Stephen Sondheim’s creative genius shines in most of his shows, and Assassins is no exception. Originally shown Off-Broadway in December of 1990, in the midst of the Persian Gulf War, the show received mixed reviews from its audience. Much of the criticism was surrounded by the political and social setting of the world at the time, and this resounded in the planned revival for November of 2001. As would be expected, the show was postponed due to the September 11th attacks. Even in today’s political climate, Assassins still continues to experience scorn for its position on the idea of assassination. Like many of Sondheim’s other works, the statement that this show is trying to make should be able to permeate to more adult audiences, especially with such gory and raw content. The 2017 New York City Center production certainly proved Sondheim’s moral that people will go to extremes to get their own reward and to be heard just so they can be remembered, even at the expense of being scrutinized for the rest of their life and/or facing a death of their own.
This production was overall one of the most spectacular pieces of theatre I have borne witness to. With the exception of the actor playing the Pioneer, I felt that everyone was perfectly cast--including the ensemble. From the clips that were shared, I was wary about how the Balladeer would fair, but he ended up being one of the most talented in the show and one of my favorite characters. The comedic scenes of monologue and dialogue interwoven between the gut wrenching and eerily graphic baseline of a story were played off very well. Erin Markey as Lynette “Squeaky” Fromme and Victoria Clark as Sara Jane Moore kept me in hysterics shooting that bucket of KFC and throwing bullets at Gerald Ford. Steven Pasquale gave me chills with his rendition of “The Ballad of Booth”, and Alex Brightman was a star as Giuseppe Zangara. Cory Michael Smith’s performance, though brief, was so captivating that I wished he could have had more stage time. I really felt that I was there with the assassins in the moment, and I almost moralized with them in their struggle to be paid attention to. Of course, I know that all of these individuals are criminals who committed one of the worst acts of crime out there. This show was one of my favorites when I had to read the libretto for one of my classes, and seeing it come to life not twelve feet in front of my eyes was an invaluable experience. All in all, this Assassins attempt was a clear success.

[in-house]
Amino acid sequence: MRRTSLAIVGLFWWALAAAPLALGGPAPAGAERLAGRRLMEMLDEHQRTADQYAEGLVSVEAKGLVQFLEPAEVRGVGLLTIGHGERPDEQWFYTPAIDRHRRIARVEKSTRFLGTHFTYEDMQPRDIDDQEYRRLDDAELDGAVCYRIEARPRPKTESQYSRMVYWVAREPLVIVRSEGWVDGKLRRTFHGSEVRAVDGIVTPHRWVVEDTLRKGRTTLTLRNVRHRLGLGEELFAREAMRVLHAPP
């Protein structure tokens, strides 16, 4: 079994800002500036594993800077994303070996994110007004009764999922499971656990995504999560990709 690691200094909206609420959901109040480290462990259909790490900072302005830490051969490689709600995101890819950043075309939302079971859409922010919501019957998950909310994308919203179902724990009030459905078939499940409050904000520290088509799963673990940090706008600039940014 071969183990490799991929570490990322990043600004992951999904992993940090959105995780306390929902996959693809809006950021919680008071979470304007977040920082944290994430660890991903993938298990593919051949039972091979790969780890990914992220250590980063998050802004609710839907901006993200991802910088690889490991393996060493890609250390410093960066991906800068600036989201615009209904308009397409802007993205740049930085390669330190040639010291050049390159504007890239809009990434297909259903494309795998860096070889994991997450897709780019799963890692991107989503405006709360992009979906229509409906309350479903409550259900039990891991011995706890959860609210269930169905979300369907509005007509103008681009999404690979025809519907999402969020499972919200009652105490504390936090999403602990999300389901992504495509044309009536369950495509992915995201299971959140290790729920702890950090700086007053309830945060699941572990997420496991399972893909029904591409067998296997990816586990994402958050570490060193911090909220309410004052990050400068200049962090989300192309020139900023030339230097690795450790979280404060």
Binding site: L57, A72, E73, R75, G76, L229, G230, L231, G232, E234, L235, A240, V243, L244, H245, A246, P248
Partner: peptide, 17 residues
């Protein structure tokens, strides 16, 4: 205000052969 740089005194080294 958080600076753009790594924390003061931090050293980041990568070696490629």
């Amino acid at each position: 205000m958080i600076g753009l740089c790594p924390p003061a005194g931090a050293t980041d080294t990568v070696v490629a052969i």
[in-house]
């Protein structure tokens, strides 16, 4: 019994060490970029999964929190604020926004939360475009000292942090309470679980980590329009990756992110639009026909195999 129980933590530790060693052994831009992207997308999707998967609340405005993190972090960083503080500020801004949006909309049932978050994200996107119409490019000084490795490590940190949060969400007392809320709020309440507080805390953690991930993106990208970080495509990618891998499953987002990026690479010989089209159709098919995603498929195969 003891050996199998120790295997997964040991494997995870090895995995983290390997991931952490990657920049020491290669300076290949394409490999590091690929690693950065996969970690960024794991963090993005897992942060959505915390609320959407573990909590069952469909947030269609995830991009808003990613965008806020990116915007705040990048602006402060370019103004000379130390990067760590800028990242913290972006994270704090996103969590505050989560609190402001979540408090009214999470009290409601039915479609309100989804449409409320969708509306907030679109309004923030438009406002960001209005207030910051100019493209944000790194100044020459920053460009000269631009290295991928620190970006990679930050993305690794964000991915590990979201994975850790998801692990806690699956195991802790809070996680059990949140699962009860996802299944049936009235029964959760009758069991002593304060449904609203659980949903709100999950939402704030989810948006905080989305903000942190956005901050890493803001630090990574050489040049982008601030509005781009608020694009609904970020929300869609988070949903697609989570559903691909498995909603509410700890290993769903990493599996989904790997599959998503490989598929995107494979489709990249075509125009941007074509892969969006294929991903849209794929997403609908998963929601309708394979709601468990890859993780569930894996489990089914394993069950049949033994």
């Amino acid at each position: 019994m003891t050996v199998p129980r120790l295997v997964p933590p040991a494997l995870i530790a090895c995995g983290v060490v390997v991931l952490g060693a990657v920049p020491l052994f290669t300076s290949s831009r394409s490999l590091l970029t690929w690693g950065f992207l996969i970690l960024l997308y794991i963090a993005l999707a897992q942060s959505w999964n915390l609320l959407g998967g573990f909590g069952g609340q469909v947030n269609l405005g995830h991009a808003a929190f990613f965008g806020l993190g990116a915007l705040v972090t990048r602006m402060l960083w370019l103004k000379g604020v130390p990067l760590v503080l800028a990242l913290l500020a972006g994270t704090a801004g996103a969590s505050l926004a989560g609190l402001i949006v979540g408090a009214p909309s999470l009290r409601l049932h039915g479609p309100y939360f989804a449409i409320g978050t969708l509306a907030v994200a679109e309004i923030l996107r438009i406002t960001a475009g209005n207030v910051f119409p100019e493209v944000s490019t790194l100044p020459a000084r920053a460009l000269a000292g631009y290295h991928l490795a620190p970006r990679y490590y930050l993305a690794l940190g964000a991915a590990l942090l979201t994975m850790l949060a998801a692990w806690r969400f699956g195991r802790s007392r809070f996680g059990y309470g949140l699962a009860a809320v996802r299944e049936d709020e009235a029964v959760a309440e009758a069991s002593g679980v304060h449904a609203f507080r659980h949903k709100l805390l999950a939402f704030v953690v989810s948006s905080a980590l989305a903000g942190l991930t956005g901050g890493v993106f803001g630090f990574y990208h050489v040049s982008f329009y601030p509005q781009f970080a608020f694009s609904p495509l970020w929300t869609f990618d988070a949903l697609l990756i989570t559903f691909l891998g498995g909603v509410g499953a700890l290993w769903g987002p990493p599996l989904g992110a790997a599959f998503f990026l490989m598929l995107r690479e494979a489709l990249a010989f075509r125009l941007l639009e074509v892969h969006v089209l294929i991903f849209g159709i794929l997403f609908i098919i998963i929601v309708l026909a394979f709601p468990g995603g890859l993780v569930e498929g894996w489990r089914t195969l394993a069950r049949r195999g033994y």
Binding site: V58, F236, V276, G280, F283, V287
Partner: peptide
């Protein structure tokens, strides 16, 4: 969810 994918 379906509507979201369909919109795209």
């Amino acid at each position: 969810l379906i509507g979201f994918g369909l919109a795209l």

Binghamton University student who loves groundbreaking displays of contemporary theatre (and a bunch of other stuff).